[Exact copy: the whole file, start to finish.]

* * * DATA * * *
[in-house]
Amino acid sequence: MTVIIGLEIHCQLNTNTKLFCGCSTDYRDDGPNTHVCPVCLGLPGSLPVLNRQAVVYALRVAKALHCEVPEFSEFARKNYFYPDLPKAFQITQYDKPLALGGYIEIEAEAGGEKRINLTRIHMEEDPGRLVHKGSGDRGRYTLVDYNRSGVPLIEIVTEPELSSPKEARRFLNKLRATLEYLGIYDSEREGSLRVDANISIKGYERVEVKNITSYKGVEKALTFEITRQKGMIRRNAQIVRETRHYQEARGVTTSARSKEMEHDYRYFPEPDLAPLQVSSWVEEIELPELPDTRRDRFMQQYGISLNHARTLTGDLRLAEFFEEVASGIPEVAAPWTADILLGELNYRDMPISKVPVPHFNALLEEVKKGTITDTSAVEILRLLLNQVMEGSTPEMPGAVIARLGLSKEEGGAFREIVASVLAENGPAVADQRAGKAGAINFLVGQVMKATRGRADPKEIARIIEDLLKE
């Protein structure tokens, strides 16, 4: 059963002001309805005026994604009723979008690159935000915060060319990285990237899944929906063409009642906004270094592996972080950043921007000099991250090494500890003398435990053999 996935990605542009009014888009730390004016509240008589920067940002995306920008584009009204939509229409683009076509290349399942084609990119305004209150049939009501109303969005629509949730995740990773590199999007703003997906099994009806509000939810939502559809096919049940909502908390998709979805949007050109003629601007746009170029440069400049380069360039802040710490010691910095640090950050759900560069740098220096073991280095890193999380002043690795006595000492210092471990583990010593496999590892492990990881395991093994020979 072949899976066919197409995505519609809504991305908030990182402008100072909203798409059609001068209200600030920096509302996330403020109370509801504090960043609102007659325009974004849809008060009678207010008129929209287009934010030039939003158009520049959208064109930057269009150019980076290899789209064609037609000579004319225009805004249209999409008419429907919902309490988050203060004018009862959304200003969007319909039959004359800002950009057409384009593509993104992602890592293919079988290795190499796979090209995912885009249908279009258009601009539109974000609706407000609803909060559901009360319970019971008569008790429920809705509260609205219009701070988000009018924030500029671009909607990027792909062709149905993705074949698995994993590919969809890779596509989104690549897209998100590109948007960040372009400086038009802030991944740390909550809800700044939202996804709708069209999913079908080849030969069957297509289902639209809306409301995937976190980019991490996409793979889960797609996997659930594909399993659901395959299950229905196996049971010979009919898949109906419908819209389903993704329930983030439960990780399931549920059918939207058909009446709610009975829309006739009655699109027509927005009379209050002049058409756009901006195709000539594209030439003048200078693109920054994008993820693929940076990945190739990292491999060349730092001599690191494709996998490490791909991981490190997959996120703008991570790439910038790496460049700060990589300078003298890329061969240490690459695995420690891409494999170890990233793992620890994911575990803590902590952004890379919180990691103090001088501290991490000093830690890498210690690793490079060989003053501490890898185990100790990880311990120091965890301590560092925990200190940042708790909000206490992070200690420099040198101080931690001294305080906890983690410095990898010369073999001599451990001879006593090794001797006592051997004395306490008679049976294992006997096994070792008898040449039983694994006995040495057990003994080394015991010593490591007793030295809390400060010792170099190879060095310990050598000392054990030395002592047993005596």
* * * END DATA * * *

[in-house]
Amino acid sequence: MTVIIGLEIHCQLNTNTKLFCGCSTDYRDDGPNTHVCPVCLGLPGSLPVLNRQAVVYALRVAKALHCEVPEFSEFARKNYFYPDLPKAFQITQYDKPLALGGYIEIEAEAGGEKRINLTRIHMEEDPGRLVHKGSGDRGRYTLVDYNRSGVPLIEIVTEPELSSPKEARRFLNKLRATLEYLGIYDSEREGSLRVDANISIKGYERVEVKNITSYKGVEKALTFEITRQKGMIRRNAQIVRETRHYQEARGVTTSARSKEMEHDYRYFPEPDLAPLQVSSWVEEIELPELPDTRRDRFMQQYGISLNHARTLTGDLRLAEFFEEVASGIPEVAAPWTADILLGELNYRDMPISKVPVPHFNALLEEVKKGTITDTSAVEILRLLLNQVMEGSTPEMPGAVIARLGLSKEEGGAFREIVASVLAENGPAVADQRAGKAGAINFLVGQVMKATRGRADPKEIARIIEDLLKE
């Protein structure tokens, strides 16, 4: 059963002001309805005026994604009723979008690159935000915060060319990285990237899944929906063409009642906004270094592996972080950043921007000099991250090494500890003398435990053999 996935990605542009009014888009730390004016509240008589920067940002995306920008584009009204939509229409683009076509290349399942084609990119305004209150049939009501109303969005629509949730995740990773590199999007703003997906099994009806509000939810939502559809096919049940909502908390998709979805949007050109003629601007746009170029440069400049380069360039802040710490010691910095640090950050759900560069740098220096073991280095890193999380002043690795006595000492210092471990583990010593496999590892492990990881395991093994020979 072949899976066919197409995505519609809504991305908030990182402008100072909203798409059609001068209200600030920096509302996330403020109370509801504090960043609102007659325009974004849809008060009678207010008129929209287009934010030039939003158009520049959208064109930057269009150019980076290899789209064609037609000579004319225009805004249209999409008419429907919902309490988050203060004018009862959304200003969007319909039959004359800002950009057409384009593509993104992602890592293919079988290795190499796979090209995912885009249908279009258009601009539109974000609706407000609803909060559901009360319970019971008569008790429920809705509260609205219009701070988000009018924030500029671009909607990027792909062709149905993705074949698995994993590919969809890779596509989104690549897209998100590109948007960040372009400086038009802030991944740390909550809800700044939202996804709708069209999913079908080849030969069957297509289902639209809306409301995937976190980019991490996409793979889960797609996997659930594909399993659901395959299950229905196996049971010979009919898949109906419908819209389903993704329930983030439960990780399931549920059918939207058909009446709610009975829309006739009655699109027509927005009379209050002049058409756009901006195709000539594209030439003048200078693109920054994008993820693929940076990945190739990292491999060349730092001599690191494709996998490490791909991981490190997959996120703008991570790439910038790496460049700060990589300078003298890329061969240490690459695995420690891409494999170890990233793992620890994911575990803590902590952004890379919180990691103090001088501290991490000093830690890498210690690793490079060989003053501490890898185990100790990880311990120091965890301590560092925990200190940042708790909000206490992070200690420099040198101080931690001294305080906890983690410095990898010369073999001599451990001879006593090794001797006592051997004395306490008679049976294992006997096994070792008898040449039983694994006995040495057990003994080394015991010593490591007793030295809390400060010792170099190879060095310990050598000392054990030395002592047993005596």